Alaska Native Historian Holly Guise on the Value of Oral Histories Alaska Native historian Holly Miowak Guise (Iñupiaq) reflects on how recorded oral accounts connect Alaskans and incorporate Indigenous voices into today’s historical narratives. “Oral history is a powerful way to reach students, academics, and the public, enabling listeners to connect with a speaker, hear about their life, and perhaps more readily empathize with them. It’s also important for integrating Indigenous perspectives missing from Western archives. Oral histories are meant to be listened to. Even when a transcript is available, it’s best to listen to the audio, which offers human voice, character, intonation, and the interactions between the interviewer and interviewee. Today, websites or YouTube channels allow people to hear oral histories from their homes or classrooms. I created a website, ww2alaska.com, during a postdoctoral year at the University of California Irvine that hosts testimonies from Unangax̂ survivors of relocation…

Kevin Johnson of Ketchikan Native Tours Kevin Johnson loves his hometown. He and his wife, Melissa, own and operate Ketchikan Native Tours, which offers hiking, sightseeing, and more, all while sharing insight into southeast Alaska’s Indigenous cultures. “We love sharing our Alaska Native heritage and our connection to the land and ocean. We’re Ketchikanites too, so we know all the little intricacies of our beautiful community. Ketchikan has a tremendous Indigenous history with our Tlingit, Haida, and Tsimshian people, and our Aleut community and World War II internment camp history. There’s Norwegian influence, too. So we have this diversity of art, religion, and industries. It’s fascinating how it all forms the community of Kichxáan, as the original Tlingit inhabitants called Ketchikan. One of my favorite spots is Totem Bight State Historical Park. It’s a collection of restored totem poles from neighboring villages and it sits right on the water with…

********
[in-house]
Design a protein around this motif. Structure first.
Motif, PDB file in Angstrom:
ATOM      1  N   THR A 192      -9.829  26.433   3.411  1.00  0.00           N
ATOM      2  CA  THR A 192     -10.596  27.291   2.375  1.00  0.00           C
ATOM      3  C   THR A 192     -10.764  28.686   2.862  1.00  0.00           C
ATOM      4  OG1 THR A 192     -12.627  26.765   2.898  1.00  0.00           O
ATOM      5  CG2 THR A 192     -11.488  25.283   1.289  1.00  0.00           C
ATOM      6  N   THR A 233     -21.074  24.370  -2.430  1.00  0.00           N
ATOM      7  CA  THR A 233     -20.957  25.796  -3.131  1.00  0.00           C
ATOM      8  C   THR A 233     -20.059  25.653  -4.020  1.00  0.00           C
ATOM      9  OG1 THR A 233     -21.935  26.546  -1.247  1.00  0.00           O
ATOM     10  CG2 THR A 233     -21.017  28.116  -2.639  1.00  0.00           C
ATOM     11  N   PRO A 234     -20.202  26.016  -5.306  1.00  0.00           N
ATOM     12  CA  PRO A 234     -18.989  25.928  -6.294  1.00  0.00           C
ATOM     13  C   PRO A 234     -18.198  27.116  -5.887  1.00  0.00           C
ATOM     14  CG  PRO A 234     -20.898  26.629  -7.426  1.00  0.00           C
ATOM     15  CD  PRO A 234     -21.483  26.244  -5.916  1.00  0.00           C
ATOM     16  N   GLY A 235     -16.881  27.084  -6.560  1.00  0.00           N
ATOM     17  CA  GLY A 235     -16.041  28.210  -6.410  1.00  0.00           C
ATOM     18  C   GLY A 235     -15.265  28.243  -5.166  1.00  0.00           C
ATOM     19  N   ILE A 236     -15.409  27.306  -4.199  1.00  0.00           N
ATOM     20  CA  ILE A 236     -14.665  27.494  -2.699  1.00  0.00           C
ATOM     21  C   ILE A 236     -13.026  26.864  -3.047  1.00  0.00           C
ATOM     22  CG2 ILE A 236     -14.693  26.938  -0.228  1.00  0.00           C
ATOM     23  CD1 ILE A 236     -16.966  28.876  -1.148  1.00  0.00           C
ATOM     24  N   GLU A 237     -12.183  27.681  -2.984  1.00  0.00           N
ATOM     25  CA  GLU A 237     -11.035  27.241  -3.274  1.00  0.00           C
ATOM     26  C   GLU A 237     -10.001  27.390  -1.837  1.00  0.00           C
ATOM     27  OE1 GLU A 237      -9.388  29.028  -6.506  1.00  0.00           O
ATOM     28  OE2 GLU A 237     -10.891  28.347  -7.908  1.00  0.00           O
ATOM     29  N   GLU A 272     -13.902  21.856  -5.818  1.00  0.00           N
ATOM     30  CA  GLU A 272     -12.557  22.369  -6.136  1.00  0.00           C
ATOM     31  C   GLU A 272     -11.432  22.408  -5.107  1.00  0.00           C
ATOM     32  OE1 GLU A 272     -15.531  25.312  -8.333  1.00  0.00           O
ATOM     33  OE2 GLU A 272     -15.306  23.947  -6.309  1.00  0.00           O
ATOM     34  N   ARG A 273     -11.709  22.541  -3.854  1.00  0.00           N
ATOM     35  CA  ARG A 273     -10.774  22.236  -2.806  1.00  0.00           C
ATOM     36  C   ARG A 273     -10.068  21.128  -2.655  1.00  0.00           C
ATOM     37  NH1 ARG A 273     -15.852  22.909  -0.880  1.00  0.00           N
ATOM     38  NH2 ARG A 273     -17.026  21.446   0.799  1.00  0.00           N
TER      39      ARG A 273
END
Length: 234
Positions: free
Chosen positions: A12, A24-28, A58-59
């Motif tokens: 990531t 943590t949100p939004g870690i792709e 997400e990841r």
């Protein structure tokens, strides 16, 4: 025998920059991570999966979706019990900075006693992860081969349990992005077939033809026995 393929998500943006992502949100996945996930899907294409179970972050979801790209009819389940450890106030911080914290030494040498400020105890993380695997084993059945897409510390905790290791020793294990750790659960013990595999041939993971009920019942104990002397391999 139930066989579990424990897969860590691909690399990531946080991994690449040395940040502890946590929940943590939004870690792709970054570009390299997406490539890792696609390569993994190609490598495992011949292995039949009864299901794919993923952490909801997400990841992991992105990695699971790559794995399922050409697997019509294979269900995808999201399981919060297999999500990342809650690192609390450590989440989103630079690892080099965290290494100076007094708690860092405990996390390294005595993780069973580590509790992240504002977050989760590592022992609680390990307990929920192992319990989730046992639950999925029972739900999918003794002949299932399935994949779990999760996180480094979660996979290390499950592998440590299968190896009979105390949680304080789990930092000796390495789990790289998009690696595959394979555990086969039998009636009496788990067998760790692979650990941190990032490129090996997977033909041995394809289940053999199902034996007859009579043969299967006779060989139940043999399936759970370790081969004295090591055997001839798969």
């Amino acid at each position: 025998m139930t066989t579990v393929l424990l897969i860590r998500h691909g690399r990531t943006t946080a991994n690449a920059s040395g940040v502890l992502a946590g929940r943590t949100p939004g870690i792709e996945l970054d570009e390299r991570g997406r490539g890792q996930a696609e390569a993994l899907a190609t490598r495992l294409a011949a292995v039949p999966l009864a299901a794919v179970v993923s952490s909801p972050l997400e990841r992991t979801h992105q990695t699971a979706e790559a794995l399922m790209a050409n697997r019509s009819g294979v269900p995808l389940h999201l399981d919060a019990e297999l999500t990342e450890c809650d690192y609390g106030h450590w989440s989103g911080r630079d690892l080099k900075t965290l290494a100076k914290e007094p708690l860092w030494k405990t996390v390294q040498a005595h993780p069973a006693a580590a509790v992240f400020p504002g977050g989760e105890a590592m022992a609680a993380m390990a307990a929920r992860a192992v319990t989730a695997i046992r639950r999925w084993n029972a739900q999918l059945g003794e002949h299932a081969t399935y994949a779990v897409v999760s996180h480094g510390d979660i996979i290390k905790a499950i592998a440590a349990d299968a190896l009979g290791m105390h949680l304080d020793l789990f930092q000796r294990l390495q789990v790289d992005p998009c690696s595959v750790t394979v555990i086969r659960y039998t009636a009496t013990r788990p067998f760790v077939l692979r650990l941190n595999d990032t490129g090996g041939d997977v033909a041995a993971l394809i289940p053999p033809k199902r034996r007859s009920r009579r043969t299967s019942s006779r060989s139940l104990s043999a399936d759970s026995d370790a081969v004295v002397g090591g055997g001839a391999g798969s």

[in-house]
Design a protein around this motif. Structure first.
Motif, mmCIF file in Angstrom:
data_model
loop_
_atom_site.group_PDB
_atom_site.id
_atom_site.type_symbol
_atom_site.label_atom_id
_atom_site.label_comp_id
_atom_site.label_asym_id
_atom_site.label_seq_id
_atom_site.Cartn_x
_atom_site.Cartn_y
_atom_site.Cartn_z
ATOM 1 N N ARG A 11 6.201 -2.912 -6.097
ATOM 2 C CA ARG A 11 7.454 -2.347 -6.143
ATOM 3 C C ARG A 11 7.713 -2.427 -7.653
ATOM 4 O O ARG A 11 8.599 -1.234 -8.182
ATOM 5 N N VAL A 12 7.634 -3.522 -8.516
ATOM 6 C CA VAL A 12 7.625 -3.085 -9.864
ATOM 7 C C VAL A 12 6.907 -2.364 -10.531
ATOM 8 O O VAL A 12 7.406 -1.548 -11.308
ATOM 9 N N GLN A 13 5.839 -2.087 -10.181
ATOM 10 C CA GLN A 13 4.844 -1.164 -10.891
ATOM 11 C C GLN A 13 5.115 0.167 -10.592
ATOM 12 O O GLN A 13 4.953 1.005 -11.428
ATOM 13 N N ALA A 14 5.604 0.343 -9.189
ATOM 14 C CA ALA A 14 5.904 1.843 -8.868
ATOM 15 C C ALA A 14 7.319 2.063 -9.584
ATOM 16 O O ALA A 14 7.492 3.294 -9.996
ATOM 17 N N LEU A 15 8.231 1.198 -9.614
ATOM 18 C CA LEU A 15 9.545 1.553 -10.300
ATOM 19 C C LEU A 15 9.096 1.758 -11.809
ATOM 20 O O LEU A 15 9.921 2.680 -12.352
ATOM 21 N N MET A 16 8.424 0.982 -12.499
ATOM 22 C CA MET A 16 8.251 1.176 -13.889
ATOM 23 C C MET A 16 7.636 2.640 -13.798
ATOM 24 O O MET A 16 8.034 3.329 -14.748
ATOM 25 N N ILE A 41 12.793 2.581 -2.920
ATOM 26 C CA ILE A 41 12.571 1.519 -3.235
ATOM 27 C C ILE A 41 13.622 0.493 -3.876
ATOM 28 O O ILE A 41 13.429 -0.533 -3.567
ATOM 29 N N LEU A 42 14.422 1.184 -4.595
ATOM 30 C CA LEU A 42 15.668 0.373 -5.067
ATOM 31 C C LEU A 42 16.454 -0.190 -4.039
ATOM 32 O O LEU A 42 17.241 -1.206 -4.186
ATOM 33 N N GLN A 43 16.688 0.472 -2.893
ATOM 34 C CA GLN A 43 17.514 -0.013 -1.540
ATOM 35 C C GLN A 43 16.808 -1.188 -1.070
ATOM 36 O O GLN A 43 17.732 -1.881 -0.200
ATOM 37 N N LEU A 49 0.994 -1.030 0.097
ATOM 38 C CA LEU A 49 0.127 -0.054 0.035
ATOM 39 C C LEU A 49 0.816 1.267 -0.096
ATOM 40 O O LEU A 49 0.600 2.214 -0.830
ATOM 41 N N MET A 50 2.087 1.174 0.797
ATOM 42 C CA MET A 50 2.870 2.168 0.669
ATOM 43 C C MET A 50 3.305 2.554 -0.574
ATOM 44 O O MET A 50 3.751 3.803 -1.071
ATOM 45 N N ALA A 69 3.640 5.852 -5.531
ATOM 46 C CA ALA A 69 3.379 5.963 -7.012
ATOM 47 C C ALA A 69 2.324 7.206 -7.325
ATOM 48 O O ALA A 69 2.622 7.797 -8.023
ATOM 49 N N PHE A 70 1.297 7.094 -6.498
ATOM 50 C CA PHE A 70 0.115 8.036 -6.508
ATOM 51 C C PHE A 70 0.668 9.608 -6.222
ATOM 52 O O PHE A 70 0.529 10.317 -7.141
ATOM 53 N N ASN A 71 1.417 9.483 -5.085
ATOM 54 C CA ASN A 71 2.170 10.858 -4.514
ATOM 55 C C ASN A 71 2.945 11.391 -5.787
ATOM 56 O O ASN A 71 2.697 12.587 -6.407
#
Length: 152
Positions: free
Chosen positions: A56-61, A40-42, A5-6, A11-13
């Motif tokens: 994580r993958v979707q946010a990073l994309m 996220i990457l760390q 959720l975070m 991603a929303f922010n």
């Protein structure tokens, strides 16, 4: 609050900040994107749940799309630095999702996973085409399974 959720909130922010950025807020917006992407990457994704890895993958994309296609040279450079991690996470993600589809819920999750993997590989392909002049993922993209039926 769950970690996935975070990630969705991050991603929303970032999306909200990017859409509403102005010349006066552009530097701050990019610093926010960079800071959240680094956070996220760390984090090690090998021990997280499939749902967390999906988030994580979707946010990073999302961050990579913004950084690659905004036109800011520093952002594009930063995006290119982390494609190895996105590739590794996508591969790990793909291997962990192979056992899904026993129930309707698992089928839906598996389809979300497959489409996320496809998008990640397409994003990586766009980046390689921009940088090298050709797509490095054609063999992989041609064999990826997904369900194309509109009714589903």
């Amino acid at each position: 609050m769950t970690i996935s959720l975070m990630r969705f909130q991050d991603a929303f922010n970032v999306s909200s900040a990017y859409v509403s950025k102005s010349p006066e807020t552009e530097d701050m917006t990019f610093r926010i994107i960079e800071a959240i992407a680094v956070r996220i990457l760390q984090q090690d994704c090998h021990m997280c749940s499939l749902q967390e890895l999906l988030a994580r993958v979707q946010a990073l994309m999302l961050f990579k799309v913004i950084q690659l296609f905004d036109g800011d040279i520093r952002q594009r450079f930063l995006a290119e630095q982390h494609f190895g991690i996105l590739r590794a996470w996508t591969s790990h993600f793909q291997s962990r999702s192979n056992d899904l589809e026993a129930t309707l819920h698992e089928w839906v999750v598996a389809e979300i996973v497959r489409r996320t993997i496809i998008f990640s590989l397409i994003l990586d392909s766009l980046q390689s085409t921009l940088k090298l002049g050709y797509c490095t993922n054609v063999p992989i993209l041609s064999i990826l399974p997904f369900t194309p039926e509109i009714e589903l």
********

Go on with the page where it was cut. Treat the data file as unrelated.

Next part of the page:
Two Alaska Native artists bring new color to the Anchorage streetscape This summer, Anchorage visitors can seek out two new public murals created by forerunners in Alaska Native art. The first is located on G Street on the east side of the RIM Architecture building and was painted by Crystal Worl, a Tlingit, Athabaskan, Yup’ik, and Filipino artist based in Juneau. Worl has emerged as a prominent Alaskan artist whose work is featured in public spaces in Juneau and has appeared as a Doodle on Google’s homepage. Her new mural, completed in August 2022, honors several Alaska Native groups and highlights Anchorage as a cultural gathering place. The second mural graces the The Kobuk building on the corner of 5th Avenue and E Street. Painted by Yup’ik and Inupiaq artist Drew Michael, its vivid colors recreate a mask he carved in 2019 and celebrate the rich cultural traditions of the…

Loss beyond years and miles I’ve just checked my box at the Ambler post office on a mid-August afternoon; Sarah Tickett might have smiled and handed me my mail; instead, it’s someone else. Just across the trail stands Nelson and Edna Greist’s plywood cabin. The door is open, an armload of wood on the stoop; a familiar, fireweed-framed clutter fills the yard. But there’s no sign of Nelson sitting in his spot to the right of the door, working on a piece of spruce or jade; no huge, squinting, gap-toothed smile as he invites me in with his signature “Gonna coffee!” and he and Edna welcome me like a long-lost relative; no Inupiaq legends or tales of his youth, living from the land in the wind-raked Killik River country, his family sometimes on the edge of survival. Another couple hundred yards toward my place on the downstream edge…

Bringing Native Values to Work Sophie Minich and Sheri Buretta were both little girls in Alaska when, 51 years ago, on December 18, 1971, President Richard Nixon signed the landmark Alaska Native Claims Settlement Act (ANCSA). The act was the first of its kind in the United States’ long history of settlements with Native Americans. ANCSA created 12 Native regional economic development corporations in which the stockholders are the Native people who traditionally lived in these regions. The corporations were formed to provide economic, educational, social service, and cultural benefits to their shareholders. Today, Minich and Buretta lead two of these Native corporations. Buretta is the chairman of the board for Chugach Alaska Corporation. Minich is the president and CEO of Cook Inlet Region Inc. (CIRI). Sheri Buretta Growing up between Tatitlek and Anchorage, Sheri Buretta and her family drove from Anchorage, where she lived, to Valdez, where an uncle…